Throughout Infinite Days, Lenah frequently refers to the symbolism and uses for many different herbs and flowers. She loved them, we were intrigued. Here’s a little more about some of Lenah’s favorites:
There’s rosemary, that’s for remembrance;
Pray you, love, remember.
-OPHELIA, HAMLET, ACT 4, SCENE 5 (Part I, Infinite Days)
“It’s rosemary… It’s a flower you put on your door to protect you. To remind you to stay safe.” (p.107)
Symbolizes: remembrance, affection
Other uses: as a Roman burial rite, often laid on coffins at funerals; worn in a buttonhole to bring luck and improve memory; commonly used in cooking; aromatic when burned; stimulates circulation; antiseptic gargle and mouth wash.
“Lavender, if you are hunted, will protect you from evil forces. It will bless the house of the door it decorates.” (p. 133)
Other uses: aroma therapy; mummification and perfume by ancient Egyptian culture; bathing; insect repellents; Biblical ointment of spikenard (used by Mary to anoint the feet of Jesus); treatments for common ailments such as flatulence, insomnia, bacterial and fungal infections; brewed as a tea for young women hoping to learn the identity of their true love; kept under pillows for romance; placed under the bed of newlyweds for passion.
“Happiness. Right where you are.” (p. 155)
Symbolizes: conquest and victory in battle; charity; patriotism
Other uses: salad vegetable and medicinal herb used by the Incas; flower buds once pickled and served as a substitute for capers; popular in gardening, especially those of King Louis the XIV; grown as a fruit by Thomas Jefferson; a preventative for scurvy.
“Rose in your tea will bring you love.” (p. 154)
Symbolizes: love, remembrance, passion (red), purity (white), happiness (pink), infidelity (yellow)
Other uses: decoration for tables and banquet floors; an aphrodisiac; to combat drunkenness; planted at grave sites, (red for lovers, white for purity of young women); the Church representative of the blood and wounds of Christ; in the making of rosaries; rose essential oil used in cosmetics, medicine and perfumes; an aid for depression; to care for sensitive skin; to combat insomnia.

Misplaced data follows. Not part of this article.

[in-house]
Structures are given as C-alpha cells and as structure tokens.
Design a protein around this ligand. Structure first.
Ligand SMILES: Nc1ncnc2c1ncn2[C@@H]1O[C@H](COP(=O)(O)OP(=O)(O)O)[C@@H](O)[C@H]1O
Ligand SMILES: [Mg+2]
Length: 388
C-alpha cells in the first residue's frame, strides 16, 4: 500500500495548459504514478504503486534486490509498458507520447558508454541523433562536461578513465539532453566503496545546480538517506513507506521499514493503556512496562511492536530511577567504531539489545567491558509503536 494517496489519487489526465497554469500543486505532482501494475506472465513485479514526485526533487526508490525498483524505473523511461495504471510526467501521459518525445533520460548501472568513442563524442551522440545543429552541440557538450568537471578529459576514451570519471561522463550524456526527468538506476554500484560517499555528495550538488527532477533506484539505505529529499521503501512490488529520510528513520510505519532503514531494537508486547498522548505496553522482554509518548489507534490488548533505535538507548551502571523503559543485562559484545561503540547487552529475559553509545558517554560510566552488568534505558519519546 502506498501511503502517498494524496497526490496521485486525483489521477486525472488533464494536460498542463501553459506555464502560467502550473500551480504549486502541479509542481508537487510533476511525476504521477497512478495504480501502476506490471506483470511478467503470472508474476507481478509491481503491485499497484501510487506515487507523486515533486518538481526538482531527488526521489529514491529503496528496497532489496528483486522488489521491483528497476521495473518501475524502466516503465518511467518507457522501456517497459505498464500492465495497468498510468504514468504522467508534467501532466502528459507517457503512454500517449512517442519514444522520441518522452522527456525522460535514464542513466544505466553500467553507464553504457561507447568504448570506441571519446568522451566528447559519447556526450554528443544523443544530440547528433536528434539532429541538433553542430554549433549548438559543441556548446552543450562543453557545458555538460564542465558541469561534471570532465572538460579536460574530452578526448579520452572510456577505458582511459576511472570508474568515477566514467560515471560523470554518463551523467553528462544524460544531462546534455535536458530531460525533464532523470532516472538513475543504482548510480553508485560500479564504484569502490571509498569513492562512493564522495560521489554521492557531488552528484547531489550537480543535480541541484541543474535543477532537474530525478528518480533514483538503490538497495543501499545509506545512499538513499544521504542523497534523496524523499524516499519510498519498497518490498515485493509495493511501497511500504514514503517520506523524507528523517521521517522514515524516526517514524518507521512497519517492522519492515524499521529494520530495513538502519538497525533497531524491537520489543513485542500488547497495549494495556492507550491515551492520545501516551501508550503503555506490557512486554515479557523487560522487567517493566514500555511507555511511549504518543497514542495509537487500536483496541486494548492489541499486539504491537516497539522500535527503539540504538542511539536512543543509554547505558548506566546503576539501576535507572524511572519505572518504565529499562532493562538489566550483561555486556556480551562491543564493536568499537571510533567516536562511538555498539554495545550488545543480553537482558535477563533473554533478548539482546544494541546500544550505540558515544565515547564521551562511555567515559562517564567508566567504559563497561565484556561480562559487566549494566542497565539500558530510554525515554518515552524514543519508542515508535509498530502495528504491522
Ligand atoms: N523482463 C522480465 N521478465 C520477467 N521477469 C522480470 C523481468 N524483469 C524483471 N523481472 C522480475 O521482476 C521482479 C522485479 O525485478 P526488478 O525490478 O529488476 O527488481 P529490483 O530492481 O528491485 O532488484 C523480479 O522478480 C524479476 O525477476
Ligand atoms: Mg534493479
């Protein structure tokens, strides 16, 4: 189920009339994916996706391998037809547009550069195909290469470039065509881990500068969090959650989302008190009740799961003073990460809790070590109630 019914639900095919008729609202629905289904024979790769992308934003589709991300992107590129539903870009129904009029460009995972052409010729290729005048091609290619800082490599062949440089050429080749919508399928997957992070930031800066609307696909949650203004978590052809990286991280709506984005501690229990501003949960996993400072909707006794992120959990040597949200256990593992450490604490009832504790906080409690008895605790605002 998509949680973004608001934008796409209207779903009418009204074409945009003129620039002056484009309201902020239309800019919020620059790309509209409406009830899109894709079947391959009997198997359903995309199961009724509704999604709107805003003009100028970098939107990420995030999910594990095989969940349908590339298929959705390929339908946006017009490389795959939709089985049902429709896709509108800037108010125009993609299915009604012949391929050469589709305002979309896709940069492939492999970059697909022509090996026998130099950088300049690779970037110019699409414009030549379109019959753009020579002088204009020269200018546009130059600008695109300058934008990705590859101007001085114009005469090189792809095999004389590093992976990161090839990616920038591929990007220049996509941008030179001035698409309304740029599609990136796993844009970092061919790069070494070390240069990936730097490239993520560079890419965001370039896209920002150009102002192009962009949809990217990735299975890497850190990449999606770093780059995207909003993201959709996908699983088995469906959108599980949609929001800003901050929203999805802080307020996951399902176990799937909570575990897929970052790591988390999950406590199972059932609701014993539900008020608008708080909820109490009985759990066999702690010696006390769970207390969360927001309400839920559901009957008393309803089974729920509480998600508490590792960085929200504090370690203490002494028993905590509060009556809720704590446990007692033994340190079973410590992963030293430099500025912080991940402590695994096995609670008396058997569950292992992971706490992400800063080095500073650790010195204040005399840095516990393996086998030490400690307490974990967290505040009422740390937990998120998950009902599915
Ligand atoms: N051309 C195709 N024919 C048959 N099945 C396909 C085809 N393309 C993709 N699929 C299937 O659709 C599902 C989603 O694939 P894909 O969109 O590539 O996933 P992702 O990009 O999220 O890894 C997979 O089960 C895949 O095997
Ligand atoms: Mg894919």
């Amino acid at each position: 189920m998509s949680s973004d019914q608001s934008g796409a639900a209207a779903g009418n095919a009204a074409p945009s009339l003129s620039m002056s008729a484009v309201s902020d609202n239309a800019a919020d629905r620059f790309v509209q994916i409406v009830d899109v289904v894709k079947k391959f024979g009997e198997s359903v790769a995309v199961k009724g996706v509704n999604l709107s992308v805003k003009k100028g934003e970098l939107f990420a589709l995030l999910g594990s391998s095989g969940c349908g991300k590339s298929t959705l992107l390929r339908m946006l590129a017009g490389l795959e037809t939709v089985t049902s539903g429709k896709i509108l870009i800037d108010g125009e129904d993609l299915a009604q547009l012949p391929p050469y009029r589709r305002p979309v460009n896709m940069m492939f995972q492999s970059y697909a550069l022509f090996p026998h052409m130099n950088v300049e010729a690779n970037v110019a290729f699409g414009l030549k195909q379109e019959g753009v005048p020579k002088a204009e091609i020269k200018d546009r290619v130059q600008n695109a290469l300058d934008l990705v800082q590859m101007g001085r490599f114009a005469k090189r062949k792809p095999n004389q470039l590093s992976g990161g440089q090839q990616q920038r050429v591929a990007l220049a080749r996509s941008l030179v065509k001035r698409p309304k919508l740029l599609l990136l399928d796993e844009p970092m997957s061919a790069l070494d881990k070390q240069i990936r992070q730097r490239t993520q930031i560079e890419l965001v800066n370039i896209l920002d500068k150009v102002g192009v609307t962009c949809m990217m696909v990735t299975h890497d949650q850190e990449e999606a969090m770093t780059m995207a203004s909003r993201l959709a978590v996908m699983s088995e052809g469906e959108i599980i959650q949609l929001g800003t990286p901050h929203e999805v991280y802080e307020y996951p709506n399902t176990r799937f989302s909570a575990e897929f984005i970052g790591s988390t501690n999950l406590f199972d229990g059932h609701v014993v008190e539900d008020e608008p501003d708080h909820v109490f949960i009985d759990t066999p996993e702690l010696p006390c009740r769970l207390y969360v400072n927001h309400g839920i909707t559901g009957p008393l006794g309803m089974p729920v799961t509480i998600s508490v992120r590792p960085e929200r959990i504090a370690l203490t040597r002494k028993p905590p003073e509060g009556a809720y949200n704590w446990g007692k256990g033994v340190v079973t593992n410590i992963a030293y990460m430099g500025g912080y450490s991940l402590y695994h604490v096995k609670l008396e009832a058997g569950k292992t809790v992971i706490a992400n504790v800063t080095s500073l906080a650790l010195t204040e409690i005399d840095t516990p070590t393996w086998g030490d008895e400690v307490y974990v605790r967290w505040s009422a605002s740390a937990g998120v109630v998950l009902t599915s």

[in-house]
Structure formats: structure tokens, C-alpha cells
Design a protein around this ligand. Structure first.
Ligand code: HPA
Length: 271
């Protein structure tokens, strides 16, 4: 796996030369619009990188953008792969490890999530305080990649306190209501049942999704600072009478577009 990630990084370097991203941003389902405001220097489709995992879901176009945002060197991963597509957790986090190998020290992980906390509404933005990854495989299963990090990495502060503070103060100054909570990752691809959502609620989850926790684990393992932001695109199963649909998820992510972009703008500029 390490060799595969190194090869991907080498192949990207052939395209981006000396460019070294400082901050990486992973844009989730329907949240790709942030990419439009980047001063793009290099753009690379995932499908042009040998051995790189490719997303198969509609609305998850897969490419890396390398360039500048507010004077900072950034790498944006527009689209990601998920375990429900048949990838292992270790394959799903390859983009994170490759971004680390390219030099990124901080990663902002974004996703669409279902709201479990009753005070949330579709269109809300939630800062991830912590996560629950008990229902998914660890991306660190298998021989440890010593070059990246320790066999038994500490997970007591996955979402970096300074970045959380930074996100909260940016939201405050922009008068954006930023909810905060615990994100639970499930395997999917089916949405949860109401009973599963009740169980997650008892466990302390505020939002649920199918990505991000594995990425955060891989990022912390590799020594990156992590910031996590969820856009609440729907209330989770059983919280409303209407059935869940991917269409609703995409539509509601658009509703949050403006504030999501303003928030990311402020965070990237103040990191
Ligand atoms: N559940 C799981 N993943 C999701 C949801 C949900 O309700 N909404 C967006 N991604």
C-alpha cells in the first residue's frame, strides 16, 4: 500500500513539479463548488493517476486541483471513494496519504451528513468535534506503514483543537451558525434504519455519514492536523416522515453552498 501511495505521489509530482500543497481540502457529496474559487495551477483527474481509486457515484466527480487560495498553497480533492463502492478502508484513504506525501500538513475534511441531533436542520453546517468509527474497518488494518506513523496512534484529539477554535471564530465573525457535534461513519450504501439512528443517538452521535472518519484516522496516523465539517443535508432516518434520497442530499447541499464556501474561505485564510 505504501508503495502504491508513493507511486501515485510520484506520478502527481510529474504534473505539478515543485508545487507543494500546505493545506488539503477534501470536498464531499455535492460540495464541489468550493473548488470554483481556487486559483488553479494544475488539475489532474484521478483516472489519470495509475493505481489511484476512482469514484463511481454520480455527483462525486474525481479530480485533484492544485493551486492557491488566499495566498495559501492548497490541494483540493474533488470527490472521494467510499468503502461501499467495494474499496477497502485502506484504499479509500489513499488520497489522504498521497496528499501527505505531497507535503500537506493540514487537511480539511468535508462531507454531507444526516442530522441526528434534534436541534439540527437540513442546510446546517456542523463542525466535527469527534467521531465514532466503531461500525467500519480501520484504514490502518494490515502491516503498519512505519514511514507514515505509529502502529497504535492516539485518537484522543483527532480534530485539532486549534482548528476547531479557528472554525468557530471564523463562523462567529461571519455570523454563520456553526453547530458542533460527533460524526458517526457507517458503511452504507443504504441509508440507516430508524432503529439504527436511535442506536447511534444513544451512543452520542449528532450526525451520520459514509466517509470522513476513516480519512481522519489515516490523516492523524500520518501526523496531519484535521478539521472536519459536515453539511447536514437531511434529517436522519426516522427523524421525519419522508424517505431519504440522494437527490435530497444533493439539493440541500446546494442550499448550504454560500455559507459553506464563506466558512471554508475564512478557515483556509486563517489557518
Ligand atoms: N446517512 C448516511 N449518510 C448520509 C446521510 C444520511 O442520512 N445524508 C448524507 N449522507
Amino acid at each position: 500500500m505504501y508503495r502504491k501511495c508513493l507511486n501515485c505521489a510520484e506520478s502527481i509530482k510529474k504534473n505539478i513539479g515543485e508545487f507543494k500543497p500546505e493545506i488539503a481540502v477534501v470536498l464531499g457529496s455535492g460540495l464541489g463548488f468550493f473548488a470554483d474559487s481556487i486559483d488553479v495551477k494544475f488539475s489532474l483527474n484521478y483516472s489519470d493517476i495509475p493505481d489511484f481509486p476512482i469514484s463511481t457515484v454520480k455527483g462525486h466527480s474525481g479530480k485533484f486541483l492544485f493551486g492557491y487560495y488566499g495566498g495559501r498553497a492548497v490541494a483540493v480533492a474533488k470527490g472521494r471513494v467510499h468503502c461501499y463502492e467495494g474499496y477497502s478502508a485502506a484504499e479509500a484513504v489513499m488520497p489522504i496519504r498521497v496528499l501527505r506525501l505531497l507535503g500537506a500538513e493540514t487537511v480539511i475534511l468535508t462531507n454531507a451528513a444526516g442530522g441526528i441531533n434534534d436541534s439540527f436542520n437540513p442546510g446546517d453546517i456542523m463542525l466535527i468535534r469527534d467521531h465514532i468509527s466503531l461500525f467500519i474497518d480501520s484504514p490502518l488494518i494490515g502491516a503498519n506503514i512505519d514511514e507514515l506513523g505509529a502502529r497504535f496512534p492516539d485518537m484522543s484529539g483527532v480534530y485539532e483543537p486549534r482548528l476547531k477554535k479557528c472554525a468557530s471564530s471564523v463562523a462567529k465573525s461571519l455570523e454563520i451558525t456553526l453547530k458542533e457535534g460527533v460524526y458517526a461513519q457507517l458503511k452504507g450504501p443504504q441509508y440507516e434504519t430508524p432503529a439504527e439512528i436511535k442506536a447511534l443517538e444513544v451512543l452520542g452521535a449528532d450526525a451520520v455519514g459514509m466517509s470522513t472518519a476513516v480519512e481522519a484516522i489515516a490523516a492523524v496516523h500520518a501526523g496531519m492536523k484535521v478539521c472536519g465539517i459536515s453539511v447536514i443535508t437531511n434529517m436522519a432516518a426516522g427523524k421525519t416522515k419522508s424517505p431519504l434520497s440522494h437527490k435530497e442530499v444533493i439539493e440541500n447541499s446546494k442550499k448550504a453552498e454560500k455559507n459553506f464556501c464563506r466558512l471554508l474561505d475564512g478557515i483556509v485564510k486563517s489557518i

“Calendula…[m]ore commonly know as marigold…Unbelievable curative properties. Good for bites.” (p. 154-155)
Symbolizes: passion, creativity
Other uses: gifts to the Virgin Mary symbolizing gold for those too poor to give gold; love charms; incorporated into wedding garlands; to encourage prophetic or psychic dreams
Symbolizes: strength, courage
Other uses: antiseptic properties, disinfectant, anti-fungal; incense; preservative for wine and fruit; drank in tea to prevent nightmares; nourish beehives; believed to cure shyness and melancholy due to cheerful scent; added to a bath before battle to boost bravery; flavoring for cheese and liquor; believed to have lined the manger of Jesus, often used in nativity scenes; used in Egyptian embalming; drank in teas to boost courage and bravery before battles; planted on graves in Wales; used in cooking.
“[F]or luck.” (p. 154)
Symbolizes: hope, good fortune, preference, love, youth, beauty, happiness
Other uses: aromatherapy; massage oil; associated with Johnny Appleseed; believed to relieve depression; directly linked to the apple and its symbolism of immortality.
Symbolizes: beginning emotions of love (purple), youthful innocence (white)
Other uses: aromatherapy; early settlers planted lilacs to create beauty in rugged or difficult existences; bouquets; aromatic, spring-blooming garden flowers.